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Investors fear stocks may plunge even more

Average investors are frustrated that the U.S. government is no longer among the world's most creditworthy and fear Monday's stock plunge may not be the end.

And even though many suffered steep losses when the market tumbled three years ago, some now appear more willing to ride things out, figuring their portfolios will eventually recover.

The question is whether they'll be patient enough to stick with their plans. Any market rebound seems distant, given the spate of bad news about the economy and debt problems here and in Europe.

The hope is that Standard & Poor's downgrade of the U.S. debt rating could spur Congress to take the painful steps needed to ultimately strengthen the economy

"I'm sort of glad it happened," says Matt Moscardi, a 32-year-old researcher with a Boston financial services company. "My investments might get killed in the short term, but there's some serious dysfunction in our fiscal policy."

Friday, S&P cut its credit rating for long-term U.S. government debt by one notch, from AAA, the highest rating, to AA .

The Dow Jones industrial average had already plunged 10 percent since late July, and it responded to news of S&P's move by tumbling more than 600 points.

Corporate profits remain strong, which is a key reason why the Dow remains about 70 percent above its March 2009 low. Yet the recent decline appears to be a reflection of what many average Americans have felt since the recession officially ended two years ago. They continue to face persistently high unemployment, flat wages, a stalled housing recovery and fear that Washington has only begun to squarely address its debt problems.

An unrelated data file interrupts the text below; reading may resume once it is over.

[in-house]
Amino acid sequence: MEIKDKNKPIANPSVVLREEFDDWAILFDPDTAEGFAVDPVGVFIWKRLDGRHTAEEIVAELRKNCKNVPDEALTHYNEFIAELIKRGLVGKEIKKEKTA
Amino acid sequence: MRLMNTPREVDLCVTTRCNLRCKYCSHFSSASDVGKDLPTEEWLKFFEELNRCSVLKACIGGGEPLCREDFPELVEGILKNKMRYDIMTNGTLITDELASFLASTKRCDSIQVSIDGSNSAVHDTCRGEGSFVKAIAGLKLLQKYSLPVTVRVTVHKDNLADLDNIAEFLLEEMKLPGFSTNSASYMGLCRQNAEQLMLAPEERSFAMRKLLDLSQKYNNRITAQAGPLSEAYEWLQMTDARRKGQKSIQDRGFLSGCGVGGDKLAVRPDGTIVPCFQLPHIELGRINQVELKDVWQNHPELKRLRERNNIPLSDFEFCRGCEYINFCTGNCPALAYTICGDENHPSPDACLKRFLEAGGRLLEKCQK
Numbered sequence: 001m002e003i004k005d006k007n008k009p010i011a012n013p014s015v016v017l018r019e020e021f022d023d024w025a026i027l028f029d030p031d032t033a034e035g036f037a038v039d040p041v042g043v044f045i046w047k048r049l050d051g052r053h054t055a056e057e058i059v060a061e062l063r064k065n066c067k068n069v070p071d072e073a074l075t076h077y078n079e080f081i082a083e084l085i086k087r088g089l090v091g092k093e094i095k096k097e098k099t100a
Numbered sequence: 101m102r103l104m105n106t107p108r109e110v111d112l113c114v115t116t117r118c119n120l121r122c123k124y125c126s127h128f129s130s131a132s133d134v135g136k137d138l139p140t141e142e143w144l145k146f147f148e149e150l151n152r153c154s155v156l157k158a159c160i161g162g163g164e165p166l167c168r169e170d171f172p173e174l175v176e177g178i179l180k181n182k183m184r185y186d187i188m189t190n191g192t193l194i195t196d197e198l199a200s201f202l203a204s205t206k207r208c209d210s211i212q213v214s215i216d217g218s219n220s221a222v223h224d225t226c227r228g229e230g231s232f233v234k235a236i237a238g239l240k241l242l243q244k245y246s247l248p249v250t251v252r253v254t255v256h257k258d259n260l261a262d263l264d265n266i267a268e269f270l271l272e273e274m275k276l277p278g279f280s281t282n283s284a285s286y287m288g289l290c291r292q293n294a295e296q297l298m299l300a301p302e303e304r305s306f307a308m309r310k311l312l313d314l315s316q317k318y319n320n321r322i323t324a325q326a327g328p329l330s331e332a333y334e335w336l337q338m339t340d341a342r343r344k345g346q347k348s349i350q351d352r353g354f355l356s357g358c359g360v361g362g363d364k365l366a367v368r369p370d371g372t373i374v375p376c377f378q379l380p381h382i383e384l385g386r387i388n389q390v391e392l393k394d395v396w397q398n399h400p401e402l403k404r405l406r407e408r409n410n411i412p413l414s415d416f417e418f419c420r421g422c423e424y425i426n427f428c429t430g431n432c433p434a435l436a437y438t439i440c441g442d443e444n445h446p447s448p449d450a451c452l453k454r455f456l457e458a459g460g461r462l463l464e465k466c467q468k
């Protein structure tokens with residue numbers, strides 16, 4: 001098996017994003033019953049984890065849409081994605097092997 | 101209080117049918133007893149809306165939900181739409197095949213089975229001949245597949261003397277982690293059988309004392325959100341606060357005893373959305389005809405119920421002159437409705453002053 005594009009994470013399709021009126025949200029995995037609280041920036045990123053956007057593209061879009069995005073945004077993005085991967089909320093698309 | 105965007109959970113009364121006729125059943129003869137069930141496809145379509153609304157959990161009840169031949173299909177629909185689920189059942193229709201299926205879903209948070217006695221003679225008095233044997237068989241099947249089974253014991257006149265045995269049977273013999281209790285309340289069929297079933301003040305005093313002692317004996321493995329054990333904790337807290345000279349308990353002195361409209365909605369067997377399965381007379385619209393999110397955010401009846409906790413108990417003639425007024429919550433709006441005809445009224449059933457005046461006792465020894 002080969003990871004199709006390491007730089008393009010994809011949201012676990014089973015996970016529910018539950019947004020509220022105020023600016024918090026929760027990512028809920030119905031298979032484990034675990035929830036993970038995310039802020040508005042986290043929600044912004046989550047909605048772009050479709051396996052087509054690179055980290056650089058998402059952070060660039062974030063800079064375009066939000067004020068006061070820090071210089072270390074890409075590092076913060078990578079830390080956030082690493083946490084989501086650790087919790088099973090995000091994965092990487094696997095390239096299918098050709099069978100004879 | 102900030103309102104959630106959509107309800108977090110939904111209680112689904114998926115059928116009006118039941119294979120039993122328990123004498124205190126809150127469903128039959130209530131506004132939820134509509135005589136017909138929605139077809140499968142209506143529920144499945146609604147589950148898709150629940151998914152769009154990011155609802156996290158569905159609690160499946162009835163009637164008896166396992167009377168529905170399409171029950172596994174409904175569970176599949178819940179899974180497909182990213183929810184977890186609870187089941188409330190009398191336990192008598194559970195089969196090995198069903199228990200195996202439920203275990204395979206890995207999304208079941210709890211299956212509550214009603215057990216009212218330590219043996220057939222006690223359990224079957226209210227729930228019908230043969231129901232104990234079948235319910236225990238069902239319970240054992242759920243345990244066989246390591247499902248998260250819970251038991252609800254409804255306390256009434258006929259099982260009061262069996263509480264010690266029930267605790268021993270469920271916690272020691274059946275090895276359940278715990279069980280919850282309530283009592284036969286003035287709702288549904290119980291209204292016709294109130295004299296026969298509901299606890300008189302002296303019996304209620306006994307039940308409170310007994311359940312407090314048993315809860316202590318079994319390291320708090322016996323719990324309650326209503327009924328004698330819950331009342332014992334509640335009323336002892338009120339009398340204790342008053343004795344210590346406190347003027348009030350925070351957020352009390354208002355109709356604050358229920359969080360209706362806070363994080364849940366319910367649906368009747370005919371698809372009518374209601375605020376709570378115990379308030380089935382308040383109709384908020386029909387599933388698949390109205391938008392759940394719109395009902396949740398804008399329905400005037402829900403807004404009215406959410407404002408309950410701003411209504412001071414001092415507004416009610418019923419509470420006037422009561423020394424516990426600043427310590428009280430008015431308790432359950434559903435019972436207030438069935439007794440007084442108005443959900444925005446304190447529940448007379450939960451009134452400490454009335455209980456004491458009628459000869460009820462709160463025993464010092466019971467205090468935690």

Many investors were confident that they've adequately protected their investments for another rough stretch. After the 2008 financial crisis, Carol Clemens, a 64-year-old retiree from Edmond, Okla., loaded her portfolio with dividend-paying U.S. and foreign stocks. With corporate earnings remaining healthy, she doesn't have any immediate plans to sell.

"I expect there are still lemmings left who must run for the cliff, but I will not be among them," Clemens says.

Her reaction to S&P's debt downgrade: "I'm just glad that one of the ratings agencies finally had the gumption to take a stand and tell Congress and the president: 'You've gone too far, guys. It's time to get real.' "

"I'll be watching for the panic to turn, because a crisis is a terrible thing to waste," says Dick Bristol, a retired Air Force major and dividend-stock investor from Biloxi, Miss.

While Bristol fears the market decline will be prolonged, the 73-year-old believes S&P "has done us a favor" by potentially pushing the U.S. toward greater fiscal responsibility.

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